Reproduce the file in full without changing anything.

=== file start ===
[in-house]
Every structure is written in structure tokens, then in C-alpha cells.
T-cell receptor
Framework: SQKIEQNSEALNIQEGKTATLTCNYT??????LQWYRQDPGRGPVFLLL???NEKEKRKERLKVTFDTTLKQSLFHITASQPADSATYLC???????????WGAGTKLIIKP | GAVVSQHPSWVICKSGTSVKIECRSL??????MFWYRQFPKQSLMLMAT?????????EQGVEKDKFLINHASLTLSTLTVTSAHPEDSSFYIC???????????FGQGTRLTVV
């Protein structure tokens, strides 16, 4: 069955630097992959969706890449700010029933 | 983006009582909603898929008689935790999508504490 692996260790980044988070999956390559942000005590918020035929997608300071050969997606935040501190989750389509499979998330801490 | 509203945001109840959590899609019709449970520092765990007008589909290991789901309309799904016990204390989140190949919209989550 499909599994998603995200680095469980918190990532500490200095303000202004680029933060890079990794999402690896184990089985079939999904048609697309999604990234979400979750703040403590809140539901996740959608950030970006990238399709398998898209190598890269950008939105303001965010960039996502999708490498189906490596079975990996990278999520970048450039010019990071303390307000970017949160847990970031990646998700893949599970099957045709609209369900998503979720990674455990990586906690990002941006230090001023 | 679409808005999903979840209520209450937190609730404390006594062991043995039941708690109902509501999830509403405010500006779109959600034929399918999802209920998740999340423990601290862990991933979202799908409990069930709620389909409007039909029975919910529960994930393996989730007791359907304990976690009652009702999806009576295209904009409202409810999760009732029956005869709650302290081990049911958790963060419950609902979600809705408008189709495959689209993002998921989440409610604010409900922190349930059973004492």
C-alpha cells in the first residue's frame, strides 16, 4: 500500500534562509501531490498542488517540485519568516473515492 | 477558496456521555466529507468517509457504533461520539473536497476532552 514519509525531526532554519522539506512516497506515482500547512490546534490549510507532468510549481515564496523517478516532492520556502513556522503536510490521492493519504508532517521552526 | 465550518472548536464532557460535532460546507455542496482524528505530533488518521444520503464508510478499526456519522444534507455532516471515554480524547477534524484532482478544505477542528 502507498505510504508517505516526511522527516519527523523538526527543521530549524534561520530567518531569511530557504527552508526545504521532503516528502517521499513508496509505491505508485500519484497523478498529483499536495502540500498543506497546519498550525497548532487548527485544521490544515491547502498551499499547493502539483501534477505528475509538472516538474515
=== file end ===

[in-house]
Every structure is written in structure tokens, then in C-alpha cells.
T-cell receptor
Framework: SQKIEQNSEALNIQEGKTATLTCNYT??????LQWYRQDPGRGPVFLLL???NEKEKRKERLKVTFDTTLKQSLFHITASQPADSATYLC???????????WGAGTKLIIKP | GAVVSQHPSWVICKSGTSVKIECRSL??????MFWYRQFPKQSLMLMAT?????????EQGVEKDKFLINHASLTLSTLTVTSAHPEDSSFYIC???????????FGQGTRLTVV
């Protein structure tokens, strides 16, 4: 069955630097992959969706890449700010029933 | 983006009582909603898929008689935790999508504490 692996260790980044988070999956390559942000005590918020035929997608300071050969997606935040501190989750389509499979998330801490 | 509203945001109840959590899609019709449970520092765990007008589909290991789901309309799904016990204390989140190949919209989550 499909599994998603995200680095469980918190990532500490200095303000202004680029933060890079990794999402690896184990089985079939999904048609697309999604990234979400979750703040403590809140539901996740959608950030970006990238399709398998898209190598890269950008939105303001965010960039996502999708490498189906490596079975990996990278999520970048450039010019990071303390307000970017949160847990970031990646998700893949599970099957045709609209369900998503979720990674455990990586906690990002941006230090001023 | 679409808005999903979840209520209450937190609730404390006594062991043995039941708690109902509501999830509403405010500006779109959600034929399918999802209920998740999340423990601290862990991933979202799908409990069930709620389909409007039909029975919910529960994930393996989730007791359907304990976690009652009702999806009576295209904009409202409810999760009732029956005869709650302290081990049911958790963060419950609902979600809705408008189709495959689209993002998921989440409610604010409900922190349930059973004492």
C-alpha cells in the first residue's frame, strides 16, 4: 500500500534562509501531490498542488517540485519568516473515492 | 477558496456521555466529507468517509457504533461520539473536497476532552 514519509525531526532554519522539506512516497506515482500547512490546534490549510507532468510549481515564496523517478516532492520556502513556522503536510490521492493519504508532517521552526 | 465550518472548536464532557460535532460546507455542496482524528505530533488518521444520503464508510478499526456519522444534507455532516471515554480524547477534524484532482478544505477542528 502507498505510504508517505516526511522527516519527523523538526527543521530549524534561520530567518531569511530557504527552508526545504521532503516528502517521499513508496509505491505508485500519484497523478498529483499536495502540500498543506497546519498550525497548532487548527485544521490544515491547502498551499499547493502539483501534477505528475509538472516538474515